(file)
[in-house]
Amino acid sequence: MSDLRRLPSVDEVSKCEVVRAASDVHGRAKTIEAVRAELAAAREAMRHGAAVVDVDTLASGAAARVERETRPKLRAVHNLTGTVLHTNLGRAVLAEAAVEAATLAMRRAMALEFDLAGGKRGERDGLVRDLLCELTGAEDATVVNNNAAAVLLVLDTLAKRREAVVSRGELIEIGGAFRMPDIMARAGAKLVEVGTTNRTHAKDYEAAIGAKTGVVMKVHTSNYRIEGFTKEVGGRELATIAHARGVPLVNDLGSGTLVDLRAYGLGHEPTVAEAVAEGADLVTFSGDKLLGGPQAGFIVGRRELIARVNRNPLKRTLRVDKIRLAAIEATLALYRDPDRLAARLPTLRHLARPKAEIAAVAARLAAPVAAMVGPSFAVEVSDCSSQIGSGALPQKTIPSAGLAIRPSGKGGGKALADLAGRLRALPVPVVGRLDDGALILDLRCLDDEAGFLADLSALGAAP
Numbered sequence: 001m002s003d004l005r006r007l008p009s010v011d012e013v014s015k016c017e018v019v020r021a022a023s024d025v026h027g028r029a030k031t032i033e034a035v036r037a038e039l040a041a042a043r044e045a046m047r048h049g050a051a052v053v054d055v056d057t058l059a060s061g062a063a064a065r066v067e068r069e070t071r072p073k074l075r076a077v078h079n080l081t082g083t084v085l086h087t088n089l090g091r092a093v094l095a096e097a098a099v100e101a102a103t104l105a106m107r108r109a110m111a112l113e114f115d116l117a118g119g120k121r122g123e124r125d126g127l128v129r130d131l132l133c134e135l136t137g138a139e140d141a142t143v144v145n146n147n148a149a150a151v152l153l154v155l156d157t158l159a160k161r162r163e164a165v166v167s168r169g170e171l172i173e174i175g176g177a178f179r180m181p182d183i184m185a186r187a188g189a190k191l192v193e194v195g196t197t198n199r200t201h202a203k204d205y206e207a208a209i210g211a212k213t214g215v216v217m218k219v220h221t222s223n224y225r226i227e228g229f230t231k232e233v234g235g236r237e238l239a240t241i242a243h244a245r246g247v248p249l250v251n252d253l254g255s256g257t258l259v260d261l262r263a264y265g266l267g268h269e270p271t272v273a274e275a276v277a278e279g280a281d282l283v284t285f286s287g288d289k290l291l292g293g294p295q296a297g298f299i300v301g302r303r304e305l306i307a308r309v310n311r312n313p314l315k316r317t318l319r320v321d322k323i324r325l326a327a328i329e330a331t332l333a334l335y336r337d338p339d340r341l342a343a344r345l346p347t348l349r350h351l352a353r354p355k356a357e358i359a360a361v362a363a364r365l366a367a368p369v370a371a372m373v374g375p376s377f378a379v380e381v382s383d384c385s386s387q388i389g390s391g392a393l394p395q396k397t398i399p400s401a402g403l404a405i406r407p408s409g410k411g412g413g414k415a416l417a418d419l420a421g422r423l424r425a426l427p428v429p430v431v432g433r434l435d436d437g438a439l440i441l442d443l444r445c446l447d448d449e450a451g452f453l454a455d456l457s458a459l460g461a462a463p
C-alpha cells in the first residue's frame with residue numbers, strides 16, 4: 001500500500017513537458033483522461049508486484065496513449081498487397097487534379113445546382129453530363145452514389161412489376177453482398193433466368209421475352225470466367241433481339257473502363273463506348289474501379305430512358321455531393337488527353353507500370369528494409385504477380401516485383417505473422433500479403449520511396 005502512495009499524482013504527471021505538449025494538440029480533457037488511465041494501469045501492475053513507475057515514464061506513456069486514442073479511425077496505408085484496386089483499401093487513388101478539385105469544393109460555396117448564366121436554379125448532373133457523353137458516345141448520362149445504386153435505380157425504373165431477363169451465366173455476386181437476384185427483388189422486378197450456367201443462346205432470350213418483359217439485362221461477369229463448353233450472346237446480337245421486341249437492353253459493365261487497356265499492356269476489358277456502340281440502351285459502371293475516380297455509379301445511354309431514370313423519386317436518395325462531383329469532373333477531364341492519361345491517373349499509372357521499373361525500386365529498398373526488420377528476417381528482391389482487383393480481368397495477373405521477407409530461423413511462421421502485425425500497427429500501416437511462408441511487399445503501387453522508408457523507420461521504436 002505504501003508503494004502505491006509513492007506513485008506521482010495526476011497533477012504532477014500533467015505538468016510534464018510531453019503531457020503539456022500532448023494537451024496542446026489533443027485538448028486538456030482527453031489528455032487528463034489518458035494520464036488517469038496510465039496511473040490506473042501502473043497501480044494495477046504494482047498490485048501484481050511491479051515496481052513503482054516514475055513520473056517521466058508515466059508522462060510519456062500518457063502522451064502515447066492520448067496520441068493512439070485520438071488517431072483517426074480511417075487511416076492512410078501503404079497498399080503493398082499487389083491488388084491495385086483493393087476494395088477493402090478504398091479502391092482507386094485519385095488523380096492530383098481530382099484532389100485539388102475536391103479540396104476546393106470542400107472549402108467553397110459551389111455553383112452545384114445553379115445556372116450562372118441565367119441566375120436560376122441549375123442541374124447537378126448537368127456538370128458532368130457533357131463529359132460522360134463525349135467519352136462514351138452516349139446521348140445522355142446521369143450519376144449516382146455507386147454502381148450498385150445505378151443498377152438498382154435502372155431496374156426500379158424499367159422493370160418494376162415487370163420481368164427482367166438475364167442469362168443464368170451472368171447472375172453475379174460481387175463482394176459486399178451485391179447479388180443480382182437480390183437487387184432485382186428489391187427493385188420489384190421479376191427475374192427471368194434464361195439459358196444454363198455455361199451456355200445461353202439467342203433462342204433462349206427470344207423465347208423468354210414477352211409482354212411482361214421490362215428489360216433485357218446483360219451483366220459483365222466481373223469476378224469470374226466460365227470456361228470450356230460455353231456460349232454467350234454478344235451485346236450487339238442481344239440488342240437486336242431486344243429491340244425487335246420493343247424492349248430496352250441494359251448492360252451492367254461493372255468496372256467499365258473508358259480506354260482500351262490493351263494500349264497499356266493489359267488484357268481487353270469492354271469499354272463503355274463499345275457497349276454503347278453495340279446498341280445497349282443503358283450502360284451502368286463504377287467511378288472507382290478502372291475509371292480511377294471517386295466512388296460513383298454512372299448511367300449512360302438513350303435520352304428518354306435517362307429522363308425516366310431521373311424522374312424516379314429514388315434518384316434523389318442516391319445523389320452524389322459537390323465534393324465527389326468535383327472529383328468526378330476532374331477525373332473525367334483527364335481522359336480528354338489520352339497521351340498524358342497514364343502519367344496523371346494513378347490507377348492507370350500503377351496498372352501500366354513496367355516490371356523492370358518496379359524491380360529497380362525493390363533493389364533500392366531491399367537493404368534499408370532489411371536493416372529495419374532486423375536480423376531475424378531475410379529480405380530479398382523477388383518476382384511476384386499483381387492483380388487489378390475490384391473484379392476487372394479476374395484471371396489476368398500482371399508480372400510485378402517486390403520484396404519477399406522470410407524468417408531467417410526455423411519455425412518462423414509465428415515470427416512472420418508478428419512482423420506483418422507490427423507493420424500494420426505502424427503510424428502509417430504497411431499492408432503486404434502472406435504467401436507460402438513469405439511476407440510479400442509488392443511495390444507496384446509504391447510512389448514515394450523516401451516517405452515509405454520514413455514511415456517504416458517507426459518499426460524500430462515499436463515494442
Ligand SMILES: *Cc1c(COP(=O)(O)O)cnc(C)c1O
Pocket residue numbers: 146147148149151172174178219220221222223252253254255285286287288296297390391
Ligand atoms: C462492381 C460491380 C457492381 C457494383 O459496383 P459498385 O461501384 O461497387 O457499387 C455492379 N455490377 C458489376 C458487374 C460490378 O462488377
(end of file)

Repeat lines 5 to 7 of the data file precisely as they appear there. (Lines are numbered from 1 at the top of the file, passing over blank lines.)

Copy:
Ligand SMILES: *Cc1c(COP(=O)(O)O)cnc(C)c1O
Pocket residue numbers: 146147148149151172174178219220221222223252253254255285286287288296297390391
Ligand atoms: C462492381 C460491380 C457492381 C457494383 O459496383 P459498385 O461501384 O461497387 O457499387 C455492379 N455490377 C458489376 C458487374 C460490378 O462488377